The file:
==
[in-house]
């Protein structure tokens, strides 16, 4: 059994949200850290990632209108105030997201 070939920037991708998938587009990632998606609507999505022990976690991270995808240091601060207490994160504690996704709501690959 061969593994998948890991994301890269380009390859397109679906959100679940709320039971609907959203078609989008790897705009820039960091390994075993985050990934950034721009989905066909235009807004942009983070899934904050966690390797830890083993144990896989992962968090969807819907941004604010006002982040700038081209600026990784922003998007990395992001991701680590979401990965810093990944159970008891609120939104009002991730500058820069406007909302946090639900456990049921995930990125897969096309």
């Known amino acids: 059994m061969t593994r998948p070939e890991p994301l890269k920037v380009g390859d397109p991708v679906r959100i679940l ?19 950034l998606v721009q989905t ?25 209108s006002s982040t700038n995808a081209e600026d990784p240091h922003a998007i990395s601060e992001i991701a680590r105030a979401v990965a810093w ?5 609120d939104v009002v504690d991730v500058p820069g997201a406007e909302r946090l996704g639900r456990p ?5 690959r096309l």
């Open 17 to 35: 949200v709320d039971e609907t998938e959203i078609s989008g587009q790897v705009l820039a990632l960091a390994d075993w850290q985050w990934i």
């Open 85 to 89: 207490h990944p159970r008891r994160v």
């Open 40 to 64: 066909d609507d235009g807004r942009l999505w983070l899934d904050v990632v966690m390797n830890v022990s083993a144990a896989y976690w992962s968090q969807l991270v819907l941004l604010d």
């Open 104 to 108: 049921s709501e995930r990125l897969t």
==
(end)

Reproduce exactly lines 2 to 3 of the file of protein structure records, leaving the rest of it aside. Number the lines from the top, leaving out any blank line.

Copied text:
């Protein structure tokens, strides 16, 4: 059994949200850290990632209108105030997201 070939920037991708998938587009990632998606609507999505022990976690991270995808240091601060207490994160504690996704709501690959 061969593994998948890991994301890269380009390859397109679906959100679940709320039971609907959203078609989008790897705009820039960091390994075993985050990934950034721009989905066909235009807004942009983070899934904050966690390797830890083993144990896989992962968090969807819907941004604010006002982040700038081209600026990784922003998007990395992001991701680590979401990965810093990944159970008891609120939104009002991730500058820069406007909302946090639900456990049921995930990125897969096309």
């Known amino acids: 059994m061969t593994r998948p070939e890991p994301l890269k920037v380009g390859d397109p991708v679906r959100i679940l ?19 950034l998606v721009q989905t ?25 209108s006002s982040t700038n995808a081209e600026d990784p240091h922003a998007i990395s601060e992001i991701a680590r105030a979401v990965a810093w ?5 609120d939104v009002v504690d991730v500058p820069g997201a406007e909302r946090l996704g639900r456990p ?5 690959r096309l």